I still think you did the right thing.  I’ll bet that deep down your sister wanted you to tell and will ultimately be glad you did.  There are ways to hide your cut marks even when you’re sharing a room.  I was too proud to ask for help and I wanted my sister to tell and was glad when she did.  Since we’re sisters, we’ve never been shy about nudity.  However, we don’t share a room so we don’t actually see each other completely naked very often, and I had to come up with creative reasons to be naked in front of her like asking her opinion about how my shaving and waxing looked, etc.  When she noticed the cutting I told her not to tell our mom even though I really wanted her to and was glad that she did and caused me to get the help I needed.


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  2. By Tom, age 17, from Santa Ana, CA on 05/28/2014

    I really wish my little brother had told on me to our parents about my sniffing since they would have made me get help before things got really bad.  But I threatened to beat him up if he told like I always did about everything bad I did that he knew about and to always get my own way about everything in the room we share.  I never actually had to beat him up because I’m older and much bigger and since he knew I could easily beat him up, just the threat was enough.  My parents finally saw that something was wrong, but only after I was totally messed up and they made me go into rehab.  I’m clean now, but I wish I’d gotten help before things got so bad.  I don’t treat my brother this way anymore, but he still hates me because of the way I treated him and I feel really bad, but I can’t really blame him.  I wish I had been a good big brother to him like some of my friends are to their brothers and wish we could be close like they are, but I’m afraid it’s too late and it’s my fault.


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    1. By LAUREN, from on 05/28/2014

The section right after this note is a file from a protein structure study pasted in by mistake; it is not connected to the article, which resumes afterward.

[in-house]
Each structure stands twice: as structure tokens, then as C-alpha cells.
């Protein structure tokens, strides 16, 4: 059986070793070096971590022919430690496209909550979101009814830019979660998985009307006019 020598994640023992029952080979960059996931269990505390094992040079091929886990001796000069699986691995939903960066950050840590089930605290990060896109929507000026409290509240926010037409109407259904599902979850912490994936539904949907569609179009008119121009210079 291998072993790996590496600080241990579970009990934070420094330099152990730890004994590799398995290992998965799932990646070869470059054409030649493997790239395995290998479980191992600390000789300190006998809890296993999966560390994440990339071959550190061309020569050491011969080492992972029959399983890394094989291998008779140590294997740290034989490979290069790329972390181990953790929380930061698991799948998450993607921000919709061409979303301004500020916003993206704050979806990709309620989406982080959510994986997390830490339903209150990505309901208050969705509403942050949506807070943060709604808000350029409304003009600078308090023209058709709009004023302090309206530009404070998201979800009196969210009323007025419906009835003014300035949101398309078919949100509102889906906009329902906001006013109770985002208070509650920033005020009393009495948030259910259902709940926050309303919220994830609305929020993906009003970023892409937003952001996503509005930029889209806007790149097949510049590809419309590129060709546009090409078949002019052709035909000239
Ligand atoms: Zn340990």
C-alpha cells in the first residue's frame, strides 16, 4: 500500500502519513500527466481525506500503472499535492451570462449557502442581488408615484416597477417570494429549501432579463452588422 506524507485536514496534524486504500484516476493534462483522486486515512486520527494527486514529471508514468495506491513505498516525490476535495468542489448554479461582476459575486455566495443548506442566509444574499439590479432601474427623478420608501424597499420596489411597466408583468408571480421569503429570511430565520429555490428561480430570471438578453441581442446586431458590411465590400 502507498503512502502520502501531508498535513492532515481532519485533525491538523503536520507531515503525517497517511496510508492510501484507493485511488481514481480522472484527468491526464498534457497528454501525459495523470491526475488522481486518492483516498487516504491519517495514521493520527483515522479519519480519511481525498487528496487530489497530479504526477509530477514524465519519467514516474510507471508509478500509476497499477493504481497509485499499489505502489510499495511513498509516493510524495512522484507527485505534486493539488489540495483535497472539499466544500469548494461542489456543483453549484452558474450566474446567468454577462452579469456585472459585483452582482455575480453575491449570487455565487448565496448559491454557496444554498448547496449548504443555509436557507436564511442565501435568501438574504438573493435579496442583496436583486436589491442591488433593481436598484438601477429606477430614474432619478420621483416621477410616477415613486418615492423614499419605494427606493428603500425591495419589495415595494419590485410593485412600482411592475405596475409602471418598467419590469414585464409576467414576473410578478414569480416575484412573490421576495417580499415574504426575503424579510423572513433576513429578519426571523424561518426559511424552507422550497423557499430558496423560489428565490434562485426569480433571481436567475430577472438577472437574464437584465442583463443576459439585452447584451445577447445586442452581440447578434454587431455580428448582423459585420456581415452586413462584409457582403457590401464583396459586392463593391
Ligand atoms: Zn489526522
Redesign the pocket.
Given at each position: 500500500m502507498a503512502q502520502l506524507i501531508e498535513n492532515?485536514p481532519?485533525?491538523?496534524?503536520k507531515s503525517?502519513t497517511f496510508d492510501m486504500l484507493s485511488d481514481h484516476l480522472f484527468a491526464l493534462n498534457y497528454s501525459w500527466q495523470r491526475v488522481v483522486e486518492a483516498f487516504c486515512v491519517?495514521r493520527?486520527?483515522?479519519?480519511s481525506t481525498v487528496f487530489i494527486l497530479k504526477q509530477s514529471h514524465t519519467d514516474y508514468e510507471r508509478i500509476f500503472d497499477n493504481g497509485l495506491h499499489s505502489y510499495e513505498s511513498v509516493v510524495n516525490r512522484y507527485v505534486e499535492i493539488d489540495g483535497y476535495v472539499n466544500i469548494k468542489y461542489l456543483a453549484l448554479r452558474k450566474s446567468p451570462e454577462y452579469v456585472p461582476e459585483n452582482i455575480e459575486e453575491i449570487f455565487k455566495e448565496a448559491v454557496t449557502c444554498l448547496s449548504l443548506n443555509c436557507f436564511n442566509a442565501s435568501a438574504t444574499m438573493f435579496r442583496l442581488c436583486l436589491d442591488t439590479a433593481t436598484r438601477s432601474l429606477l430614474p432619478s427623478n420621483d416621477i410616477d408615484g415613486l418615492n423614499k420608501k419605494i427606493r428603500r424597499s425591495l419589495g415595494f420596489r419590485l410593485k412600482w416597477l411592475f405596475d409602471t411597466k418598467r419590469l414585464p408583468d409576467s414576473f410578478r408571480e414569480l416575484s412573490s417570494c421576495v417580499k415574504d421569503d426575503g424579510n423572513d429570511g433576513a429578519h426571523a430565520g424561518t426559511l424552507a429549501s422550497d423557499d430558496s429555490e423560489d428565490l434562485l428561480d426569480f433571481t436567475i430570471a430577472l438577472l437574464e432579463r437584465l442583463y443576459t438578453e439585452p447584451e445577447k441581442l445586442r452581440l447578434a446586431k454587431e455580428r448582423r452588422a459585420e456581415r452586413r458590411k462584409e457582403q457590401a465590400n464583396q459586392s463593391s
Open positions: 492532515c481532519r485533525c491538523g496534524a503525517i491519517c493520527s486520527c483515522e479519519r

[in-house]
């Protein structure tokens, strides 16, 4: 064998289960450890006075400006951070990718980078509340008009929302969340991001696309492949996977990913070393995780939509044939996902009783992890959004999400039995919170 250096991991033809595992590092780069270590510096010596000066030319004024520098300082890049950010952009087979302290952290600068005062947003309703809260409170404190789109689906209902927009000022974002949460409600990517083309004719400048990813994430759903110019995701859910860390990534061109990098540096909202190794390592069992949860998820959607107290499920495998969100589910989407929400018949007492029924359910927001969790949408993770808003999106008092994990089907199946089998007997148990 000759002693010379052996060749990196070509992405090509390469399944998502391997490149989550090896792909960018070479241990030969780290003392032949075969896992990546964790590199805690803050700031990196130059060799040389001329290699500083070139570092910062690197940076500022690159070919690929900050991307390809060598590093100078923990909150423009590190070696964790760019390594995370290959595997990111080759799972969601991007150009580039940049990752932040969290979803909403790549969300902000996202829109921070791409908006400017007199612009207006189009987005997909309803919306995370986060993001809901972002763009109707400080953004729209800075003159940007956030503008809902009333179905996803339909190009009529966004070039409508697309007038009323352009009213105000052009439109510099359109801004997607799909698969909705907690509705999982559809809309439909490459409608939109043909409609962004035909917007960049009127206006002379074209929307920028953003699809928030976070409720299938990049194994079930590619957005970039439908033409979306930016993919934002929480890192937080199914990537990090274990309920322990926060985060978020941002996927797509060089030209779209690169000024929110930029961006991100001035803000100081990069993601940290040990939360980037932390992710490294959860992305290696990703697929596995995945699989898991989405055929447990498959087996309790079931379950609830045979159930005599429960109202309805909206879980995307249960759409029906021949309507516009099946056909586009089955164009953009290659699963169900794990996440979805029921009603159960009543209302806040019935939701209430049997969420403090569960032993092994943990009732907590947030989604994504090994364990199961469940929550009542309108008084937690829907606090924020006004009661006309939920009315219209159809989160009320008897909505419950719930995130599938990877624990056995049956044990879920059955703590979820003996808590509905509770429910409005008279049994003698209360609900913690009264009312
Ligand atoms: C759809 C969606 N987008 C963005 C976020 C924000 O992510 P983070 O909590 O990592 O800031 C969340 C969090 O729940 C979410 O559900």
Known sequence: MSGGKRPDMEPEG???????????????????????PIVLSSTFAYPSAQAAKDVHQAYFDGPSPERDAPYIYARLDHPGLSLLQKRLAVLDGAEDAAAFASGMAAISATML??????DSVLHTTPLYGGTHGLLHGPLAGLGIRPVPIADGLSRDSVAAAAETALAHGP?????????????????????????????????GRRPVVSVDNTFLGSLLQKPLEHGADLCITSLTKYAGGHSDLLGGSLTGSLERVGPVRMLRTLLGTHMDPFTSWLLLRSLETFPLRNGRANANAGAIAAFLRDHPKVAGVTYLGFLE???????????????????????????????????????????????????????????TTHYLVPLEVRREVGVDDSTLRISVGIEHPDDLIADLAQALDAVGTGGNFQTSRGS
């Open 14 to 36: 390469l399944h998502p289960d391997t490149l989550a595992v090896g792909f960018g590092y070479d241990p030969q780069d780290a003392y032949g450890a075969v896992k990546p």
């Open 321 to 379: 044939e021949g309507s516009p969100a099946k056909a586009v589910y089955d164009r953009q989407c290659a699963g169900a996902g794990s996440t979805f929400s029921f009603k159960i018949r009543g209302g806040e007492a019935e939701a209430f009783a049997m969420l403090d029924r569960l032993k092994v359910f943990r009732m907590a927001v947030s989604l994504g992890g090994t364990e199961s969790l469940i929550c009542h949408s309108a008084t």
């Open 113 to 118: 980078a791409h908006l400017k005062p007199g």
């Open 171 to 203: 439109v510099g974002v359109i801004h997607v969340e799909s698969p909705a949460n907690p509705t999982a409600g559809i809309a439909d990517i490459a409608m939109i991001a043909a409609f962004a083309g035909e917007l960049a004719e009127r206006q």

Dear B.N, S.J. and Tom—These comments are very poignant as to the stress/fear that kids go through, especially especially younger siblings, around the “should I tell” issue. They truly worry about getting treated very badly, in Tom’s case, getting beaten up. Girls can be even meaner and never let up.

      And in your case, S. J., how sad that your sister wasn’t helped. Although I can’t help but think she wasn’t helped somewhere, somehow, it just isn’t apparent yet. You did the right thing by telling. The thing is, how can you sleep at night if you don’t?

      Tom, I’m so sorry you did too good a job of scaring your brother. Keep apologizing and trying to make things up to him. Over time, he will trust that it’s for real and open up to you. I hope anyway. Thanks so much for sharing your powerful story. I hope it gives courage to other young brothers to put fear aside and “tell.”

      To B.N.—Wow, you’ve got a nasty situation there. I would never judge anyone for not telling in your situation. Telling is a lot of work and you have to have some love going on in order to do it. Love is the motivator. Just please be sure to not let the stress of being there turn your head toward drugs. The worst things can be gotten through amazingly well if you DON’T use drugs or alcohol. They just mess things up. Hopefully you’re getting THAT lesson displayed by your stepsister.